Wouldn’t you like to fly before you die?

A debate I’m having with a commenter on one of my blog posts has got me thinking about the nature of inquiry. Is it possible to simply stop inquiring when you believe you have found the right answer, and is it desirable?

When does one stop inquiring about stuff? When the answer makes you feel comfortable, or satisfies a need? What if someone comes along with a different answer or shows you another way? Would you shrug it off, because you’re quite happy with what you have found already? Is comfort better than the disquiet of being doubtful? Would you rather shoot yourself up with some drug because it makes you feel safely exhilarated, or would you rather experience the natural thrill of sky-diving. Both is probably going to kill you, but wouldn’t you rather fly, before you die?

Remember when as a child you constantly peppered your parents and others with those why questions? Why is it when you grow up, you stop asking why? Why do you settle for easy answers? Is it possible that a child understands the nature of inquiry better than an adult?

M, the young [I assume] and no doubt bright women who stirred up all these questions, posed the following:

I’m puzzled by the fact that if a discovery or inquiry leads to anything other than Christianity, it is accepted and applauded. If the road of inquiry ends at the cross of Christ, it is argued that you need to keep searching until you find the truth..Here’s the big question. What does one do “IF” this is the truth…

What I’m curious about is her starting point of inquiry? Did her questioning take her through a gamut of scientific literature, before she settled for the answers provided in the realm of the supernatural, or did she start at the bottom end of the supernatural and settle for the most pleasing or needs-satisfying version? Just a question mind you, not an allegation.

When it comes to inquiry, I would rather have ten different scientific suppositions about something, which leads me to more inquiry, than have one neat, comforting, but supernatural explanation, that stops all enquiry because it relies on the authority of someone you can never question. The end to questioning whether it be self-inflicted for comfort, or enforced through coercion and fear, pronounces the death of human intelligence. When inquiry stops, you might as well be dead.

10 thoughts on “Wouldn’t you like to fly before you die?

  1. I have been following the discussion you are referring to here and I have to say you have so many great points. I used to be very religious, believed only what was in the bible, and never questioned anything. It was only when I was about 19 that I started to break myself out of that spell and learn to think critically. I think with most people that believe in Christianity, as it was for me, you just convince yourself to believe all that stuff and block out all reason and logic. You get not only comfort believing like this, but also the sense that you doing good in the eyes of the Lord. Resisting the secular world and giving yourself to god is rewarding to many christians. A real education is the only thing that saved me this mindset.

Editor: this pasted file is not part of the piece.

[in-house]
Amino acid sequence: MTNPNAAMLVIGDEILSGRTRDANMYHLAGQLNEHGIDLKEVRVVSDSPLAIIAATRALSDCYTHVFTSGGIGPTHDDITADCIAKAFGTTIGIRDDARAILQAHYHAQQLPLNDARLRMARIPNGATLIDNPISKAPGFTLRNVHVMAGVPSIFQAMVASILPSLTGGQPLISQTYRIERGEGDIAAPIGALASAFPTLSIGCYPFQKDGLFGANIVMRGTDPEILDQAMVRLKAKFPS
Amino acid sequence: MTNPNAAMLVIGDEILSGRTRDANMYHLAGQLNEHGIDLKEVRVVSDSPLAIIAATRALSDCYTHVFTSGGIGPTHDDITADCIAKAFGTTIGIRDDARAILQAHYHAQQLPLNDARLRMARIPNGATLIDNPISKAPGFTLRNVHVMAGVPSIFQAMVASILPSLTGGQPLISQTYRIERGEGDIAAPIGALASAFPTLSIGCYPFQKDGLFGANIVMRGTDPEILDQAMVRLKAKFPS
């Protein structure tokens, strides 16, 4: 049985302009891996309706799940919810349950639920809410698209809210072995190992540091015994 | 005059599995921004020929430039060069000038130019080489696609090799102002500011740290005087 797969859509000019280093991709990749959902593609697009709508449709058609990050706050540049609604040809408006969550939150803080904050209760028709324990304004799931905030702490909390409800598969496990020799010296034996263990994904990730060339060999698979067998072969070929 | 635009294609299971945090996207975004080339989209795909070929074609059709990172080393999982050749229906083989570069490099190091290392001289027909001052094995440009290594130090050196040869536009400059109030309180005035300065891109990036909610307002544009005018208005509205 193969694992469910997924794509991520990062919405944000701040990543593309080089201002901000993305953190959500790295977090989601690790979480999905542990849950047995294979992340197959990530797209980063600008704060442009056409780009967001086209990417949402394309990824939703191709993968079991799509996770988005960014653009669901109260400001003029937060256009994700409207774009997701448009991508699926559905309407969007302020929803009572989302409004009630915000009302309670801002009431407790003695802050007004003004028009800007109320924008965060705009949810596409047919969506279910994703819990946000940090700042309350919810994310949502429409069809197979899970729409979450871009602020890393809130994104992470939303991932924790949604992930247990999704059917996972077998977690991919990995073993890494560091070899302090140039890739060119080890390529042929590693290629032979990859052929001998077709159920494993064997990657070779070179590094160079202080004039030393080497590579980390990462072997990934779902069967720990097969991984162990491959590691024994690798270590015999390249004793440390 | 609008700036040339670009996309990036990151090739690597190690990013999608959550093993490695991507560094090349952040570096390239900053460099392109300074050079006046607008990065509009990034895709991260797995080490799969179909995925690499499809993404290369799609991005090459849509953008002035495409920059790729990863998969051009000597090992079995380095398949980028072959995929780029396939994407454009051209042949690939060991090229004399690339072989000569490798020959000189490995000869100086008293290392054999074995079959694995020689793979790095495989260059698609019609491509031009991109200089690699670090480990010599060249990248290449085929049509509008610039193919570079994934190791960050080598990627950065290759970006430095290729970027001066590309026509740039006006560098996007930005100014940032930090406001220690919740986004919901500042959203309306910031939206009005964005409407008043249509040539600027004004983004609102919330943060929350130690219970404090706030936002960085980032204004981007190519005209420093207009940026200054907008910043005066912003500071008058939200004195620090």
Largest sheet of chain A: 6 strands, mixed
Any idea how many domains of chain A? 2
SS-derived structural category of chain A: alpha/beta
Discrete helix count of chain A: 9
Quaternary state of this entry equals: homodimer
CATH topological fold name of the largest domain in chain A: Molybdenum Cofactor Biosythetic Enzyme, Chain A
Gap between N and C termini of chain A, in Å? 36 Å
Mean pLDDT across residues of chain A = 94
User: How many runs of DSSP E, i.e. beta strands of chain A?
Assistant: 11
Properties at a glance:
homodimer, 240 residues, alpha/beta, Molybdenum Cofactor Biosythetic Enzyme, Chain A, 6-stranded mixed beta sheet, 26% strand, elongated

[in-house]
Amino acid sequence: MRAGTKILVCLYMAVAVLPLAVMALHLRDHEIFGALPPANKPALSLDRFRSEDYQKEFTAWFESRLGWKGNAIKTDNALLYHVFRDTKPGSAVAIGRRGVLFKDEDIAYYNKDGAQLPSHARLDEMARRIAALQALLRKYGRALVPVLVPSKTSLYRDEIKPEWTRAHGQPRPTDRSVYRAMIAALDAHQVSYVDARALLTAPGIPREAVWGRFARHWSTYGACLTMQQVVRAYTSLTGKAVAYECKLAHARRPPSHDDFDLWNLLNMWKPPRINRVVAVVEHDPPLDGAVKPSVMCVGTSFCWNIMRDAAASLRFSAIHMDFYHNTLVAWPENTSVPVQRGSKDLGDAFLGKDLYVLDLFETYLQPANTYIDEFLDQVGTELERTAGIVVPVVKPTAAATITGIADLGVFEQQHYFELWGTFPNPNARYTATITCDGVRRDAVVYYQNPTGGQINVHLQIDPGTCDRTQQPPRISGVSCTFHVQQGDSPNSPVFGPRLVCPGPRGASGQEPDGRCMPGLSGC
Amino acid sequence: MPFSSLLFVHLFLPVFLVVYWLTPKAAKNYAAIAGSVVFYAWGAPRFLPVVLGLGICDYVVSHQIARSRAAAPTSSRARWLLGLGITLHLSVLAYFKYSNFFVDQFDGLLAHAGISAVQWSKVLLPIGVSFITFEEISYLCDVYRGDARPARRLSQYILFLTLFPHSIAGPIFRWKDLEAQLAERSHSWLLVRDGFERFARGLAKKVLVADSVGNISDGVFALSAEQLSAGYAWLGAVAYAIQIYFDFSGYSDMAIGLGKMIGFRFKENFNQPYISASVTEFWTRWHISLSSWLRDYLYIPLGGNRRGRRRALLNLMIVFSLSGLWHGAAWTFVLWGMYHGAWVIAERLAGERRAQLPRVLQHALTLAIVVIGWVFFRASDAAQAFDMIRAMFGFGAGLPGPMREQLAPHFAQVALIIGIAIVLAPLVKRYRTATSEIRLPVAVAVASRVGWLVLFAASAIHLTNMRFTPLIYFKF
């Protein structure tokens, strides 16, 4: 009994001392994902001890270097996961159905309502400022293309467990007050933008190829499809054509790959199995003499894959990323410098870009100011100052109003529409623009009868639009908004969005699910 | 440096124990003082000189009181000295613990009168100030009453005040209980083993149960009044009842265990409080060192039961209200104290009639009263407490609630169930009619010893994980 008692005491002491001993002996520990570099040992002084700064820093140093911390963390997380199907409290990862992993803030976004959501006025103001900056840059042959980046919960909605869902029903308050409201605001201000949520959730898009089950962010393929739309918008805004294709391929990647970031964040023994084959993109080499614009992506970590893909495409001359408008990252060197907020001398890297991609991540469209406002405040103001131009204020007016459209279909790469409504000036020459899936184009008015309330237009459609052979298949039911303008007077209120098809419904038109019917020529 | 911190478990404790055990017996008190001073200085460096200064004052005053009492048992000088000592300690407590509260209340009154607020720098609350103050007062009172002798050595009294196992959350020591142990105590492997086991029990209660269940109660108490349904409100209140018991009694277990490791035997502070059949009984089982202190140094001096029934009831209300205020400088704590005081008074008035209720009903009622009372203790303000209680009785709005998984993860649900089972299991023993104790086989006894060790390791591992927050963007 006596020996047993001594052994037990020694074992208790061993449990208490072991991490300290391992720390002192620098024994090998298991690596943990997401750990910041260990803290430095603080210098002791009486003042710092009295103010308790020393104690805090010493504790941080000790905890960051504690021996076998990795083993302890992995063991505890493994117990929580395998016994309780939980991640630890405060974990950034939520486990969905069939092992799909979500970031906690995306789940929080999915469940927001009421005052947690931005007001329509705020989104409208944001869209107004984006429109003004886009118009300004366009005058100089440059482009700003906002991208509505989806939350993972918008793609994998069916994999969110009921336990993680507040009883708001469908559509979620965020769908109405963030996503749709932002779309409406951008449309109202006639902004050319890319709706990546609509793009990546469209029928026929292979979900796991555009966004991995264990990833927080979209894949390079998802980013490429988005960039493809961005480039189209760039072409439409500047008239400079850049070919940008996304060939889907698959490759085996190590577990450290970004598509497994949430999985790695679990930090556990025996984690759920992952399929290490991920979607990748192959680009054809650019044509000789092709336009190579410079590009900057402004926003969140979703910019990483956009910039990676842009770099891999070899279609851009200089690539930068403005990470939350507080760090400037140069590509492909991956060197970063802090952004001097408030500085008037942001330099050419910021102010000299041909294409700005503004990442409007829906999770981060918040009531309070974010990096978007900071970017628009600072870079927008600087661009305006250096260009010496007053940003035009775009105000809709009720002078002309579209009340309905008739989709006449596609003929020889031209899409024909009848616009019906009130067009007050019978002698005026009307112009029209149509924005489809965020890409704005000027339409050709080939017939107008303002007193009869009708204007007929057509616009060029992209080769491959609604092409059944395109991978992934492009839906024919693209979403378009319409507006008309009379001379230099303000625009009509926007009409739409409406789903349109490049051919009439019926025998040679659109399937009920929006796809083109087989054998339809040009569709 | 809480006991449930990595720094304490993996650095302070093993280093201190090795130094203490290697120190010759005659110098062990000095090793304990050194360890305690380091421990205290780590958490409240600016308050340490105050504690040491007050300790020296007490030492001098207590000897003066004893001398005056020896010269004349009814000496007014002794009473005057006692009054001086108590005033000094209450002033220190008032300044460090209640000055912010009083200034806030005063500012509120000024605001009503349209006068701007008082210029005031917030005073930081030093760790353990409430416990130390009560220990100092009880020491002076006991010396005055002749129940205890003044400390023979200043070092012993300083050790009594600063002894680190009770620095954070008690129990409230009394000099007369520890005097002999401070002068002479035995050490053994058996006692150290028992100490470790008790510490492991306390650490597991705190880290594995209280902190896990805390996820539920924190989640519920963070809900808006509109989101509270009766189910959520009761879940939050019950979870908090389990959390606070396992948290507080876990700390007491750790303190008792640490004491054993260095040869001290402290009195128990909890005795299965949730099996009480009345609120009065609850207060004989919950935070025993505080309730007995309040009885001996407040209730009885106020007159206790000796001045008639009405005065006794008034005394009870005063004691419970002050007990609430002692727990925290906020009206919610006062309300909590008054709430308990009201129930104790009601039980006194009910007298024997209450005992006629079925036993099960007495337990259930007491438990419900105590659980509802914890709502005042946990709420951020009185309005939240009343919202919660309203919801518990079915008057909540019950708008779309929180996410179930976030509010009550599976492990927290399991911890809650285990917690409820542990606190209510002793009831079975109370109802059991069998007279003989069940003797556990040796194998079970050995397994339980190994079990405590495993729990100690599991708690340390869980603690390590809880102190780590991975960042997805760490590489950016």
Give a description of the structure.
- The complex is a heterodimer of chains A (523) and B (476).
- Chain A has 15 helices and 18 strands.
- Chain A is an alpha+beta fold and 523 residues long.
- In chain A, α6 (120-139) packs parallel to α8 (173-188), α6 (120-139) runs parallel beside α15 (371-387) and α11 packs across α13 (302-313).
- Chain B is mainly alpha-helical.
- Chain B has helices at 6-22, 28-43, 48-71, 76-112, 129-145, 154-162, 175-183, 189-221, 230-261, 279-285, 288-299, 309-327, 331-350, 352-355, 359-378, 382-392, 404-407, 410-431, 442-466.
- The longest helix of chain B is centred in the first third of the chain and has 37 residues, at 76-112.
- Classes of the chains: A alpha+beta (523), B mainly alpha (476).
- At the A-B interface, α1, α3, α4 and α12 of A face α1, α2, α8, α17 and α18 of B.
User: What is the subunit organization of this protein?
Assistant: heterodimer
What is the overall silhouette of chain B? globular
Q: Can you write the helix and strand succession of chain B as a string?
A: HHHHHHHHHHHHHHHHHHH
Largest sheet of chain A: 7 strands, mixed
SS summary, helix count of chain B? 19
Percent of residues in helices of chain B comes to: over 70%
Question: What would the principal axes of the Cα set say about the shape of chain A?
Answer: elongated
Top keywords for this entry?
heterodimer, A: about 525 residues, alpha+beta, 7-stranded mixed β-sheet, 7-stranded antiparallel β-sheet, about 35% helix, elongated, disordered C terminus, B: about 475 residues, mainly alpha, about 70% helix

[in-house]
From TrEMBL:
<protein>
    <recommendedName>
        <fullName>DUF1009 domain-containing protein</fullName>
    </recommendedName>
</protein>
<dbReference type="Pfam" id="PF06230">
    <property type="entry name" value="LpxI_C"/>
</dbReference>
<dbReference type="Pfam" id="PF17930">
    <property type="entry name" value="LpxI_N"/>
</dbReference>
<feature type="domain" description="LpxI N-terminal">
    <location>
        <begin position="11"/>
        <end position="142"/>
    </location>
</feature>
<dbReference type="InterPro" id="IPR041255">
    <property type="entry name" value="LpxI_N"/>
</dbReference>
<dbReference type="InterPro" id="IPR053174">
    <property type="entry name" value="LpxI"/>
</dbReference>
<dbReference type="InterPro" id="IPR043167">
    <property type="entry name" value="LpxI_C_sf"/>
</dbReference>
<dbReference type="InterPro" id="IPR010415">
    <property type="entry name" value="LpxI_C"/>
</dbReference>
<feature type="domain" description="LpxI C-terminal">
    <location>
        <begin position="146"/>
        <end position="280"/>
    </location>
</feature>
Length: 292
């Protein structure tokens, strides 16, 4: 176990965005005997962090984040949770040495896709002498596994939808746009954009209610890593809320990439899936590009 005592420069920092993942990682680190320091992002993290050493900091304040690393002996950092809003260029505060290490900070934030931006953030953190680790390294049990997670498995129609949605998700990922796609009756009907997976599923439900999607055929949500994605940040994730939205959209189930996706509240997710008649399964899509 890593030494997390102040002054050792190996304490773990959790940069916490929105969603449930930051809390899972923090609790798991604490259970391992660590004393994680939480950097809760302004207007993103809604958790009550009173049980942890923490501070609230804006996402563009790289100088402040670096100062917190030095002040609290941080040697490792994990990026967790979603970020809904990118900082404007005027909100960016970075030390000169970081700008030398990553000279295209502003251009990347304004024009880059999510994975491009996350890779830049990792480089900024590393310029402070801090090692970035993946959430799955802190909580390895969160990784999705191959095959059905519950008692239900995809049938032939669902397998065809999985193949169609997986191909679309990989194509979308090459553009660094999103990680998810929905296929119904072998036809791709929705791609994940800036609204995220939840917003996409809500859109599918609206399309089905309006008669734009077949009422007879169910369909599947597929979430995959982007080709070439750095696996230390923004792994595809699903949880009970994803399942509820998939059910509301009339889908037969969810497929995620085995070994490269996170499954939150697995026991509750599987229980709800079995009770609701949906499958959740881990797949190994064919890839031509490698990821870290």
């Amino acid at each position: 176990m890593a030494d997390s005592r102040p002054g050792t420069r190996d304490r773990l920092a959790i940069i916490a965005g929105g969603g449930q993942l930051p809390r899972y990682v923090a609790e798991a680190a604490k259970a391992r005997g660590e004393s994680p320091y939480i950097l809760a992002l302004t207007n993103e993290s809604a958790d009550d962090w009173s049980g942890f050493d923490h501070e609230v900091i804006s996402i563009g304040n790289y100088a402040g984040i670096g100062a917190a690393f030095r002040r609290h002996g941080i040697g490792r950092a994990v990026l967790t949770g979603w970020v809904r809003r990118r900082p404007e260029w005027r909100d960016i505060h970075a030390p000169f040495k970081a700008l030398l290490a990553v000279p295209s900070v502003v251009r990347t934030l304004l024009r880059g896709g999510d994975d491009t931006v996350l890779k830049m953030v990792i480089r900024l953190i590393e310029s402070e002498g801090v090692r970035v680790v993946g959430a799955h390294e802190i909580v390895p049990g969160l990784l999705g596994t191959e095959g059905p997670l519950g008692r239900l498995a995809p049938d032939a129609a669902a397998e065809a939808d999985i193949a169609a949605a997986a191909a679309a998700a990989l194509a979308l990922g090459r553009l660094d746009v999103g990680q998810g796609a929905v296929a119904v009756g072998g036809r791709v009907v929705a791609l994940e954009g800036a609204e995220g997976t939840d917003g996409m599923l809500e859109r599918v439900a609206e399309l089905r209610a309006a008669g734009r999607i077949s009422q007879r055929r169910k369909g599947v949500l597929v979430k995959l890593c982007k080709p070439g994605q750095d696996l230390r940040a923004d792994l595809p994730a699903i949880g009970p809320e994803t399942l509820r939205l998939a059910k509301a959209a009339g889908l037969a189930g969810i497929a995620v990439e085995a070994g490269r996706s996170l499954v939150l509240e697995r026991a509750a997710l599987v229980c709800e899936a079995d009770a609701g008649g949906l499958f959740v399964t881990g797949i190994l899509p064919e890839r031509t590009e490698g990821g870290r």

But I also wanted to say that I love the last line of this post… reminds me of one of my favorite Einstein quotes: “The most beautiful thing we can experience is the mysterious. It is the source of all true art and all science. He to whom this emotion is a stranger, who can no longer pause to wonder and stand rapt in awe, is as good as dead: his eyes are closed.”

    Sadly, most Christians eyes are closed as mine once were.

    • Hi Ken,

      You’re right on the mark with your observations. It seems to me a whole lot of people have this constant craving to feel secure and comfortable. Things that can’t be explained immediately, seems to bother them immensely.

      That discomfort leads unwary people into accepting the first explanation for what’s bothering them, if it makes the feeling of discomfort go away. The extreme version of this syndrome is blissful ignorance. There can be nothing worse than that.

      Doubt is a wonderful thing; I wish more people could understand that.

      Whenever I look up at the sky or around me, I am always in awe; at the workings of nature, and how it all evolved, even all the blatant imperfections. I am also fascinated by the workings of the scientific mind that produces the marvellous technology all around us.

      Thanks for the kind words

  2. Hi again Lenny,
    I fully appreciate the point you are making about inquiring with the end view of “feeling comfortable” and perhaps settling with what one believes answers the most basic questions. I think it is more complex that that. Personally, I believe we are all born with the capacity to understand, and question about the purpose of our existence, the orgin of the universe, etc. You are right when you speak of a child with countless questions demanding answers. I was one and continued in that mode as an adult. I did read scientific books as well as books on philiosophy and religion. Exhaustively? no, that’s not possible because we have human limitations..seasons of our lives, jobs, etc. My question is, “Do think that in ones’ search for truth, it’s possible we don’t have the mental capacity to understand all truth, so it becomes easier to choose to believe in something that we can explain. For example, the theory of evolution moves from simple to complex. But we have to agree that science has not explained what preceded the universe absolutely. It’s very interesting to look at science and view the possibilities, but how does one make sense of the things we are experiencing in the here and now. I began my search in my younger days with a preconceived idea of God. I’m just suggesting that inquiring minds not dismiss the belief in Christianity because it seems to be out of the natural order of things that can”t tangibly be explained. It’s not that I stopped questioning after becoming a Christian because I felt I had what some might call “easy believism”. On the contrary, I didn’t need to invoke a God to make a good explanation for things. My search took me to that place and and changed the way in which I viewed the world, myself and others….more to come:) Thanks Lenny